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"Roundheads and Ramblings"

November 2013

(P)elvis Chronicles -- Lessons Learned #5

Sometimes You Have to Say No.


I suffer from a disease common to many academics — the inability to say no.  We start learning it in grade school.  Read more library books than anyone else in your class?  Easy! Get the highest score on the test? Of course. Volunteer to clean erasers? Me! Do more math problems than the teacher requires? Sure. That’s fun. Be the first one finished with the test? Every time!

And it continues throughout the public school years. Make the Honor Roll every grading period.?Yep! Qualify early for National Honor Society? Get the highest score on the SAT/ACT exams? Apply for every scholarship? It goes without saying.

College and grad school are a little different because the competition is more intense, but it’s still there. Those of use destined to become academics say yes to every request, even the most ridiculous, because if we don’t do it, someone else will.  Even after I was solidly installed in a great liberal arts college with tenure, I won a prize (a coffee cup) for being the first one to get my book order in.

It’s a disease, and I can’t help it. But sometimes saying yes can be downright dangerous.  I reached that point the other day in my physical therapy session.  The therapist had me standing on my injured leg, while I did leg lifts and knee bends with the other.  When she called out to do “twenty more!”  I was in tears with the pain.  But did I stop?  No, of course not. And I paid for it the next day when I could not move that bad leg.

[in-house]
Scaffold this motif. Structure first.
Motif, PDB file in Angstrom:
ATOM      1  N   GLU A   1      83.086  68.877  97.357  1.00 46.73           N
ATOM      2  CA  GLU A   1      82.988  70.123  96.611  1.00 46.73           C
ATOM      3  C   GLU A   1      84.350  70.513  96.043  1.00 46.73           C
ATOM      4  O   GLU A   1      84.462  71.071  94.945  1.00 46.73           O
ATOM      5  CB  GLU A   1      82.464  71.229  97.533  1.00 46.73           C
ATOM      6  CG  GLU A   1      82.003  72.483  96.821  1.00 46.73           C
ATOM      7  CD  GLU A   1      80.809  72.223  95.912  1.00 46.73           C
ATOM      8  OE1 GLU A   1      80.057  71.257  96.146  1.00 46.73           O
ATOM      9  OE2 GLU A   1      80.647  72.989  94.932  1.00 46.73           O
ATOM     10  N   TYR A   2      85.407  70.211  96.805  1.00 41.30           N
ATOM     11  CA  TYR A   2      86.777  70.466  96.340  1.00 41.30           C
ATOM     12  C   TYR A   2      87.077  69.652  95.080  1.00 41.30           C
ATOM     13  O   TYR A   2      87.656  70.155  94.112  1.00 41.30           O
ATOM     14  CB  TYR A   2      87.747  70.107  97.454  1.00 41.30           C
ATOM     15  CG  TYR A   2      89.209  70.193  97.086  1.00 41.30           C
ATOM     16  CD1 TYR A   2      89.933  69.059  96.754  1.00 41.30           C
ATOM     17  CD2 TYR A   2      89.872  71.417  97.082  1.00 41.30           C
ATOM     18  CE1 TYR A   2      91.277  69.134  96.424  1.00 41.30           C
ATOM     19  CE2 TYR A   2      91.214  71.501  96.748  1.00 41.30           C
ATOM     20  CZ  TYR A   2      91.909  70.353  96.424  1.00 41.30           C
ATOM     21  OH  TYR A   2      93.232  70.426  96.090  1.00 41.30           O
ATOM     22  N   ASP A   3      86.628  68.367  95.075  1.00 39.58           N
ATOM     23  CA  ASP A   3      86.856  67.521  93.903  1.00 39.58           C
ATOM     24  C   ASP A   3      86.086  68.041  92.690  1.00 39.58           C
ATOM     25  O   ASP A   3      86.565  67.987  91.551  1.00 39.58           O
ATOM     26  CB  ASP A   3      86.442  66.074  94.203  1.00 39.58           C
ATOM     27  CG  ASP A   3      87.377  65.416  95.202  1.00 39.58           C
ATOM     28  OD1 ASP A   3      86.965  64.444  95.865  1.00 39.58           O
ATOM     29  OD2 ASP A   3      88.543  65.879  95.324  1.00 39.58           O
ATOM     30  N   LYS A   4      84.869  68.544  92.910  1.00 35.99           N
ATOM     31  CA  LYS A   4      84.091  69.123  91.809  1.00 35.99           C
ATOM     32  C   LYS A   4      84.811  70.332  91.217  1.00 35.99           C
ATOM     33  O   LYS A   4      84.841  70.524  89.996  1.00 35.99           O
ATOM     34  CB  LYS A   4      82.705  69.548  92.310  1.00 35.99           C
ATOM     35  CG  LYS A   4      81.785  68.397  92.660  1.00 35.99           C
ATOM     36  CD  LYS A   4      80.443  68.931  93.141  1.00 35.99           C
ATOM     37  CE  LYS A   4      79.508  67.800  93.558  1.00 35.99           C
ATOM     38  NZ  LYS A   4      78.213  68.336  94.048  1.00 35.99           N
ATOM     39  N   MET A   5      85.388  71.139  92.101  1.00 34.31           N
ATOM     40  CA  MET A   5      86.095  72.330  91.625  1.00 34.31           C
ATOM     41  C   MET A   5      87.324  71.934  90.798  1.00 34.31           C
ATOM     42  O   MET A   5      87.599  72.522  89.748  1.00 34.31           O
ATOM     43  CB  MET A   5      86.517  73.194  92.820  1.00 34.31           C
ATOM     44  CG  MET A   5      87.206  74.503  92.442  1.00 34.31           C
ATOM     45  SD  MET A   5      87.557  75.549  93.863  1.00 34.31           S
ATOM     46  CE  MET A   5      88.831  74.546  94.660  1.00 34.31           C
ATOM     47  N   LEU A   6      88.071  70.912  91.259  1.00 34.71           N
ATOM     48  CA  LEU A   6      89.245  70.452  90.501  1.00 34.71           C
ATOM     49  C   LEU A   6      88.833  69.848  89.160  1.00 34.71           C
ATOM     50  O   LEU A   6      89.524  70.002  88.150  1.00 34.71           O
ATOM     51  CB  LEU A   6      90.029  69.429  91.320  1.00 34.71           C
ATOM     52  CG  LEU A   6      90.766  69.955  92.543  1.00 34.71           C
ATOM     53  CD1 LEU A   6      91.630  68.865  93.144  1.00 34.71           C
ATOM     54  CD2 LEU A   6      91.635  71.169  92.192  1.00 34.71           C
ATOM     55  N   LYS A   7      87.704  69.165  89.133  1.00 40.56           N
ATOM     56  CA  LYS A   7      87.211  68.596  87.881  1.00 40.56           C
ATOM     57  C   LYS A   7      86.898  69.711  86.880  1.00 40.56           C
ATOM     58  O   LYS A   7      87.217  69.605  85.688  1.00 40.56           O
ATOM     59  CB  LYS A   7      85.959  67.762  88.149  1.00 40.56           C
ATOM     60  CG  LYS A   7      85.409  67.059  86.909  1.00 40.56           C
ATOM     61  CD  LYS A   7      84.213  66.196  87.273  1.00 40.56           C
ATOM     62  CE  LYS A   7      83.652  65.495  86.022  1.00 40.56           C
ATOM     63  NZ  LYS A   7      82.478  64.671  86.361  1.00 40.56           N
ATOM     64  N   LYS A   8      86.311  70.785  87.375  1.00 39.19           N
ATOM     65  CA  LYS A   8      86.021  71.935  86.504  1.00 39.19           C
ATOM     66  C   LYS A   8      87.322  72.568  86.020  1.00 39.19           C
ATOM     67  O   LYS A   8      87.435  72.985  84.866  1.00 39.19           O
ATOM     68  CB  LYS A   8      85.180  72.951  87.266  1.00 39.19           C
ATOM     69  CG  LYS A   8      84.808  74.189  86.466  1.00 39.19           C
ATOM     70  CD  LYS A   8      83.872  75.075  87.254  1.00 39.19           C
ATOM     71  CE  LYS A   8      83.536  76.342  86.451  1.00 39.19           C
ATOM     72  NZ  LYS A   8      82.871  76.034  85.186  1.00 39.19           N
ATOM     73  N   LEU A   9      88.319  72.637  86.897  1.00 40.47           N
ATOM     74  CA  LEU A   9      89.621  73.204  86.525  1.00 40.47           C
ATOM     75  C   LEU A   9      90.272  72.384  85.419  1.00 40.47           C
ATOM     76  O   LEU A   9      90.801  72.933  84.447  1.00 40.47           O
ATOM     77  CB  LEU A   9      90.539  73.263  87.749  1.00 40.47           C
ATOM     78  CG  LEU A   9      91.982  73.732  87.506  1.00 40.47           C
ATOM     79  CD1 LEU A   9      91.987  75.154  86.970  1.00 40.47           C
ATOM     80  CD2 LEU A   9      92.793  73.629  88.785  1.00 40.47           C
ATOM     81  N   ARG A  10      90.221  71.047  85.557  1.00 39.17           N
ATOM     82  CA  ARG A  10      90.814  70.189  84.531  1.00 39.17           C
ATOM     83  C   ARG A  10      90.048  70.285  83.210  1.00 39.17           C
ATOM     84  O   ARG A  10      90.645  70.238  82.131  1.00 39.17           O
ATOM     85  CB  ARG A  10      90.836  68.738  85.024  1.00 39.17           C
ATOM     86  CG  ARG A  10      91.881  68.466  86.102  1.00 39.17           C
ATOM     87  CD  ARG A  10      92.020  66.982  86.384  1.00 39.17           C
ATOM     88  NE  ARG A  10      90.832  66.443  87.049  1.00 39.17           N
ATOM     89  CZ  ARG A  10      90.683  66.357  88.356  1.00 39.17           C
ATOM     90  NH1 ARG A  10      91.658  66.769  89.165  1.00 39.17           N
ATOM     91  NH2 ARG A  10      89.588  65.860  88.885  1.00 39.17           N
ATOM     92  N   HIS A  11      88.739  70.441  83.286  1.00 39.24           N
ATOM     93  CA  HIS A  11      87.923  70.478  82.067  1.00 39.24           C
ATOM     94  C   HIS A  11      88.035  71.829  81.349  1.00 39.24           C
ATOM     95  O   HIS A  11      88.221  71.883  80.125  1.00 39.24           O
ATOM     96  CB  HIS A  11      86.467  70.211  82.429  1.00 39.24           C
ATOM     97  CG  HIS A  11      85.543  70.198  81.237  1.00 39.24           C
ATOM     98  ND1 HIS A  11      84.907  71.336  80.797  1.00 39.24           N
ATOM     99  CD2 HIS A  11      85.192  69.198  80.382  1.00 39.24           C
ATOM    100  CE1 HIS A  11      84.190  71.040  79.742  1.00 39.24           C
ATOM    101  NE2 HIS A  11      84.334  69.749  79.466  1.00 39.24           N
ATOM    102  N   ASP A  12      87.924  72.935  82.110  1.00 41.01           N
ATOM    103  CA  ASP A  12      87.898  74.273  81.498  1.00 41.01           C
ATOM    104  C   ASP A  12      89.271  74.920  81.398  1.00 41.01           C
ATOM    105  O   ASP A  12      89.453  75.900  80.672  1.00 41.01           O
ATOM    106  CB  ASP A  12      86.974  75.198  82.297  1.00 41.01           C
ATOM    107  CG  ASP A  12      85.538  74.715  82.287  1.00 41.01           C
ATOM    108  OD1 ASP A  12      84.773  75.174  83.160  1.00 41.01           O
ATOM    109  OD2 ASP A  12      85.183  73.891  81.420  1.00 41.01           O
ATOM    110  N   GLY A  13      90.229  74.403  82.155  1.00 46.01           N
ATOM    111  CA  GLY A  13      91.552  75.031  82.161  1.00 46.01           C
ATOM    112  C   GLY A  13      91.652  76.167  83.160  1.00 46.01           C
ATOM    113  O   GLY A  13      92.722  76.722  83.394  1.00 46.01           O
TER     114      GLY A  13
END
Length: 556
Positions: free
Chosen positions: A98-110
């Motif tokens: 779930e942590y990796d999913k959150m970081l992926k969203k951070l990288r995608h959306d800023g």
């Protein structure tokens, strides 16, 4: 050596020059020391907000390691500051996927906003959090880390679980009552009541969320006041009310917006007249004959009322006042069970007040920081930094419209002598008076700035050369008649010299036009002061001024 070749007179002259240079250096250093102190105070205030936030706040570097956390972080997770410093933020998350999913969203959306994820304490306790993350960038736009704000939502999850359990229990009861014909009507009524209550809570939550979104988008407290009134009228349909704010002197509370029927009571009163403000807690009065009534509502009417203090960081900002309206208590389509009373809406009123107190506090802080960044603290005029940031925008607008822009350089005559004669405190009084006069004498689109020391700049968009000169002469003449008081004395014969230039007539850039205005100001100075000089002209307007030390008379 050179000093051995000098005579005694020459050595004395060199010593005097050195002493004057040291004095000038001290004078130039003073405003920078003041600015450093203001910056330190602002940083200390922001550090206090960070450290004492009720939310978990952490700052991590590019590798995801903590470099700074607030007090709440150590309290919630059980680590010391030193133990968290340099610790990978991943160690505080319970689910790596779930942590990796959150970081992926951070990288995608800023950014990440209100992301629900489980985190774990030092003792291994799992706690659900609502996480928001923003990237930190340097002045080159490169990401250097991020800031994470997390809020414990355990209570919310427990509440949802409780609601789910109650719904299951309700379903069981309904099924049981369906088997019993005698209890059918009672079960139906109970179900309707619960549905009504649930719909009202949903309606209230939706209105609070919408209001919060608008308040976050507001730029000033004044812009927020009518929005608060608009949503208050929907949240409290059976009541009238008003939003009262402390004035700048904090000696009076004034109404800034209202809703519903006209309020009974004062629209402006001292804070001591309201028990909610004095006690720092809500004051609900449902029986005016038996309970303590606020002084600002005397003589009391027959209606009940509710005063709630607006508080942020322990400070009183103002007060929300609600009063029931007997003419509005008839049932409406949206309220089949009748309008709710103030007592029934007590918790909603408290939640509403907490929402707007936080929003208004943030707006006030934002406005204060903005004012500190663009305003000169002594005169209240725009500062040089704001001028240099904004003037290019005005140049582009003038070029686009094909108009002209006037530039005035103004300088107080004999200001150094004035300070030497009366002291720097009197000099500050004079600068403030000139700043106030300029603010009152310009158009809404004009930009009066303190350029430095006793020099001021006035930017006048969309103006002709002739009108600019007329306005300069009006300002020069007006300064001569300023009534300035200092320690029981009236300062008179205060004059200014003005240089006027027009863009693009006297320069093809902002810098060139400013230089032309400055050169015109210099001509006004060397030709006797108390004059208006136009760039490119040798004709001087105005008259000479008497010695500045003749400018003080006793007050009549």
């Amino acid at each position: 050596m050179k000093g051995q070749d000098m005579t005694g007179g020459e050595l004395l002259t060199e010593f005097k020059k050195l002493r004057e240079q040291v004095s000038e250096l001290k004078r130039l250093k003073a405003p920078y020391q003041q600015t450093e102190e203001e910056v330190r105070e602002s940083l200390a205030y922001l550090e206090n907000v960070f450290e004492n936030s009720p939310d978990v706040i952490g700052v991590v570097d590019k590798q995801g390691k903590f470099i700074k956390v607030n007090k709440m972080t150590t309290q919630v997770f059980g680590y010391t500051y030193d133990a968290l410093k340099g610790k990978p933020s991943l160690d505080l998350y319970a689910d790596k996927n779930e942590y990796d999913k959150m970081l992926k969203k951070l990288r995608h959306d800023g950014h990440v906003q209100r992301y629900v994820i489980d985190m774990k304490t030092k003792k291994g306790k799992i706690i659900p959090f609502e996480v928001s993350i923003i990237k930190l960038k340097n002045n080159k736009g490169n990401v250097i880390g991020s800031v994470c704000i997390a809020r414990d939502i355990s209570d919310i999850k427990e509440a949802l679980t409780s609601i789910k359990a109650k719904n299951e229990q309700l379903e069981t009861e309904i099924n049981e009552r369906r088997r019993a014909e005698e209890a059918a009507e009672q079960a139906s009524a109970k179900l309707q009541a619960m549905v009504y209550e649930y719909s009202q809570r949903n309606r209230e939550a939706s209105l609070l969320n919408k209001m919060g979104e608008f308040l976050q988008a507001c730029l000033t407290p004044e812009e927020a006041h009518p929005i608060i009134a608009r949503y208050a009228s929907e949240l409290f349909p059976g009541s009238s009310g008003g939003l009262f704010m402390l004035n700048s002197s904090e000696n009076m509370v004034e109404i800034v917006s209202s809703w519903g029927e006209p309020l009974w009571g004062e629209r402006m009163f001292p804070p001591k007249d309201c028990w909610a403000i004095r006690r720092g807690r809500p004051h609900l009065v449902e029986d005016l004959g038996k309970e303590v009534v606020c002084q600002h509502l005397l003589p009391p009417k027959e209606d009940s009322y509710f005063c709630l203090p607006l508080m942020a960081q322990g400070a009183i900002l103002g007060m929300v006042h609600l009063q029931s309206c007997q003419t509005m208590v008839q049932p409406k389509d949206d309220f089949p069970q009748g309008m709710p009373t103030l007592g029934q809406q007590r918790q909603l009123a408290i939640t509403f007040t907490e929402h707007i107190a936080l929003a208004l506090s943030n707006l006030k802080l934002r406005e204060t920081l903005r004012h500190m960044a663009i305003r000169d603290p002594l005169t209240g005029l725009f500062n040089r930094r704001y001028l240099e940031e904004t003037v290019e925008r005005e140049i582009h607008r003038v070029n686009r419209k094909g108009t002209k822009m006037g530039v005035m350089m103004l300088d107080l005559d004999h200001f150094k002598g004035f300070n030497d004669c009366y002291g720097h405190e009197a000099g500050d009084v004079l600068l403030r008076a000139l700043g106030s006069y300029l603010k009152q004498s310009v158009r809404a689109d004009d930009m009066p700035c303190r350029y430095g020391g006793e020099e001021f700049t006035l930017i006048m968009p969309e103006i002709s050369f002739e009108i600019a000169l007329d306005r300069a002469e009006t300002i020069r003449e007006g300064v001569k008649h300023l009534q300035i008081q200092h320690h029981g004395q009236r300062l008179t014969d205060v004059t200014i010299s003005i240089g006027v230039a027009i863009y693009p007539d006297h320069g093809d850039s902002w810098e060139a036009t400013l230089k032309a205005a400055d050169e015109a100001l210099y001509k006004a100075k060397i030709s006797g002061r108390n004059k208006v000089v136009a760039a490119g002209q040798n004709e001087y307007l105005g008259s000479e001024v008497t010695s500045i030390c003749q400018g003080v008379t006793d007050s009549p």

Finally, I said NO! And when I told her I wasn’t ready for that step yet, I expected the sky to fall in.  Instead, she grinned and commented that it was about time I admitted to reaching my limit.  Now the sessions are much easier, and I can once again see steady progress.  I’m now walking with almost a normal gait, albeit with the support of a walker.


And you know what? It’s really liberating! Too bad I waited so late in life to discover that.

(P)elvis Chronicles -- Lessons Learned #4

All Pain is Relative!

So I’ve been home for a week, learning to hobble and hop around the house with my trusty steed named “Walker.” Three mornings a week I go to outpatient physical therapy, where a tiny and delicate-looking young woman puts me through an hour’s worth of grueling exercises — stretches, leg lifts, kicks, squeezes, and oner forms of elastic bondage.  In case anyone asks, it hurts like hell, but she is oblivious to whining or the words “I can’t.”  So? We do it anyway.  We take Walker out onto a sidewalk paved with broken bricks and walk  up and down in front of the world. She tells me to “rest,” and then thirty seconds later starts up again — “Just 15 more” or maybe “Let’s start over and do it all again.”